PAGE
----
The basic concept behind this trick is the use of Keywords. Keywords are reserved words in any programming language that cannot be used as names of variables. Windows also uses certain keywords in its programming. Some of them are con, aux, lpt1, lpt2, lpt3, lpt4, lpt5, lpt6, lpt7, lpt8 and lpt9.
To test this concept, make a new folder in Windows and try to give it a name same as any of the keyword mentioned above.
Windows will not rename your folder to any of the keyword given above.
So the question arises, how can we make a folder with a keyword as its name? The solution to this problem is included in Windows itself. As we know that Windows has evolved from D.O.S. (Disk Operating System), its commands can be used in Windows. You can use D.O.S. programming in Windows to create a folder with a keyword as its name using the steps given below:-
- Press Windows Key + R.
- Type CMD and press Ctrl+Shift+Enter to Run the Command Prompt as an Administrator (Elevated Command Prompt.)
- In the Command Prompt window that opens, type the name of the drive in which you wish to create your folder in the format <drive-name>: and press Enter. e.g. If you wish to create the undeletable folder in the D drive, type "D:" without the quotes and press Enter. (In this tutorial, making such folders only in the root of drives is being explained but you can create such undeletable folders in any active directory you want with the CD command.)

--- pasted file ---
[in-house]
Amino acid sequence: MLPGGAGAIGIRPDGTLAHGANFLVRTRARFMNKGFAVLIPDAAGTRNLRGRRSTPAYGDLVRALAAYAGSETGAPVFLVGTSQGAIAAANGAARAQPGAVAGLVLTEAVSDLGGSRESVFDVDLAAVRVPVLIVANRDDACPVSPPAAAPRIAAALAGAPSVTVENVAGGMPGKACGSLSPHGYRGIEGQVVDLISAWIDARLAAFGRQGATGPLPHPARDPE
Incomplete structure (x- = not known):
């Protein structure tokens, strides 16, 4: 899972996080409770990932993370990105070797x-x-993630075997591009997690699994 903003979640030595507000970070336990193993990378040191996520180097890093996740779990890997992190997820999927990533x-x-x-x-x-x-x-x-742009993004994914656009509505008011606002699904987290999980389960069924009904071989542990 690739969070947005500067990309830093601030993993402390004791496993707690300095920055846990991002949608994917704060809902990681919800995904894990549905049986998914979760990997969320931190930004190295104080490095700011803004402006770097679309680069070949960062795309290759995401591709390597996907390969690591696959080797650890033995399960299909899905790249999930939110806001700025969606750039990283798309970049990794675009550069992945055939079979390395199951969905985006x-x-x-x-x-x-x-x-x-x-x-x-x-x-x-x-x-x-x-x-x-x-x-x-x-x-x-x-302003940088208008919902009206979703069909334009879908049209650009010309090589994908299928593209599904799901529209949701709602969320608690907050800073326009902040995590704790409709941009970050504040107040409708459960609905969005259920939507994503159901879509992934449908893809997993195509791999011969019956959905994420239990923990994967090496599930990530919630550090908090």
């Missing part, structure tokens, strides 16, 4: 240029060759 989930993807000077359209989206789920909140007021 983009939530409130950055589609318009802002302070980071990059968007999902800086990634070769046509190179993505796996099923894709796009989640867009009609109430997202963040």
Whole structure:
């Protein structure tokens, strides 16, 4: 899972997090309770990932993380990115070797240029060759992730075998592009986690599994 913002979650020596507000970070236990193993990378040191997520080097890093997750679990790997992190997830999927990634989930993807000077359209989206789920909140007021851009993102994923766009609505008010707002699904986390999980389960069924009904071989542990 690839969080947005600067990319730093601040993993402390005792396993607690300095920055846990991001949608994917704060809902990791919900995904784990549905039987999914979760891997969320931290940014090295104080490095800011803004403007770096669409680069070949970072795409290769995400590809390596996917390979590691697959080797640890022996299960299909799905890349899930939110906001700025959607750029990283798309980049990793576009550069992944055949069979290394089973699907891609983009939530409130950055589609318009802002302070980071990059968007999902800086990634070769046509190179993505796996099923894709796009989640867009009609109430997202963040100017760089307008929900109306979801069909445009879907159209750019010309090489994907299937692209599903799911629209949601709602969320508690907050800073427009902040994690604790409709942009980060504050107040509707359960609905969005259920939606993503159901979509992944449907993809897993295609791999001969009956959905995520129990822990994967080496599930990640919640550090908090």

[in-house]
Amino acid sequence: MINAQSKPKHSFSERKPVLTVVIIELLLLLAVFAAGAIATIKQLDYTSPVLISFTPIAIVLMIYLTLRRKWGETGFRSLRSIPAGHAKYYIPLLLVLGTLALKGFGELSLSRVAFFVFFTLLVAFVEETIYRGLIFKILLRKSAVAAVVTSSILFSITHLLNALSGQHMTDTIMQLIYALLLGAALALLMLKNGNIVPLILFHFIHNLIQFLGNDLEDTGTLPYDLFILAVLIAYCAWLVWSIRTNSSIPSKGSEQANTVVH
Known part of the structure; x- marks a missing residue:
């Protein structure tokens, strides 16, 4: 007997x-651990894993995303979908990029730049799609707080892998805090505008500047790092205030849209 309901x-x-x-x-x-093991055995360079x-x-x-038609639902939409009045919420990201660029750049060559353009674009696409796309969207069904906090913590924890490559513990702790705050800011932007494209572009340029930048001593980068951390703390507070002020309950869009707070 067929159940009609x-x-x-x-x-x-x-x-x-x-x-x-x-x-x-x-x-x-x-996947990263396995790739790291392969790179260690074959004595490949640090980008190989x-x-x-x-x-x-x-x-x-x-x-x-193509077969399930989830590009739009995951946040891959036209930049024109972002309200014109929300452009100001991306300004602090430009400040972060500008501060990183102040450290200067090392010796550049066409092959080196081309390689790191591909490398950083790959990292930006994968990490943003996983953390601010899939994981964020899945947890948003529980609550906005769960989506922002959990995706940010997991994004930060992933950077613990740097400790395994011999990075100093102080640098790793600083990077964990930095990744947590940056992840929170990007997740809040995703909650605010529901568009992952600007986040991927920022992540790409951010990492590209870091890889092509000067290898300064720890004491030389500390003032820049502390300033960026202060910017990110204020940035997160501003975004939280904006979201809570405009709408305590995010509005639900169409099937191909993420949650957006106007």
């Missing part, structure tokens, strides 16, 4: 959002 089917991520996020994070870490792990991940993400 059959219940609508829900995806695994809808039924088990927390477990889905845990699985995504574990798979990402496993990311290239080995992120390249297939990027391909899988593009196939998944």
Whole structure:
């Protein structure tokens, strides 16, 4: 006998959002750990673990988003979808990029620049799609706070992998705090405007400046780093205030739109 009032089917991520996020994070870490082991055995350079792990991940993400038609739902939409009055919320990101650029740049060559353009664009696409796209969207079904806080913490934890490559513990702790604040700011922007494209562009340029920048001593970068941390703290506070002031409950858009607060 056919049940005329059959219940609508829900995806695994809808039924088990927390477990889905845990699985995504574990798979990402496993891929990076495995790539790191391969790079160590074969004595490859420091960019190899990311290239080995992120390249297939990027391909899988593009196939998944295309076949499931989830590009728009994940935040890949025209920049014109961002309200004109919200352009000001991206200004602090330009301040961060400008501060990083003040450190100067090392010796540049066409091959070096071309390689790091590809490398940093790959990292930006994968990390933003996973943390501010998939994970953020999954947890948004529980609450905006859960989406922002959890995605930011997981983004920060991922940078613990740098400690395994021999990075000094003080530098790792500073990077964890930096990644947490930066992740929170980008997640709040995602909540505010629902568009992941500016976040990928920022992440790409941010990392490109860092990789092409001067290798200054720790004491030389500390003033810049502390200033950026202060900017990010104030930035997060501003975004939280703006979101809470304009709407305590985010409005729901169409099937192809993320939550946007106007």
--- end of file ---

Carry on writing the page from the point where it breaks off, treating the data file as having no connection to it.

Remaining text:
- Type the command- "md con\" or "md lpt1\" without the quotes and press Enter. You can choose any of the keywords given above as the name of your folder.
Now Windows will create an undeletable, unrenamable folder in the directory you entered in Step 3. However, the folder can be renamed to another keyword using Windows Explorer in Windows 8.1 and earlier editions of Windows.
Deleting the Folder
Although, it is not possible to manually delete the folder, you can delete the folder by typing "rd con\" or "rd lpt1\" in Step 4 instead of "md con\" or "md lpt1\" if you so wish.
Windows Compatibility: This works on Windows XP, Windows Vista, Windows 7, Windows 8 and Windows 8.1. This partially works on Windows 10 as the folders become inaccessible.
Try this trick yourself to create one such folder which can neither be deleted nor be renamed.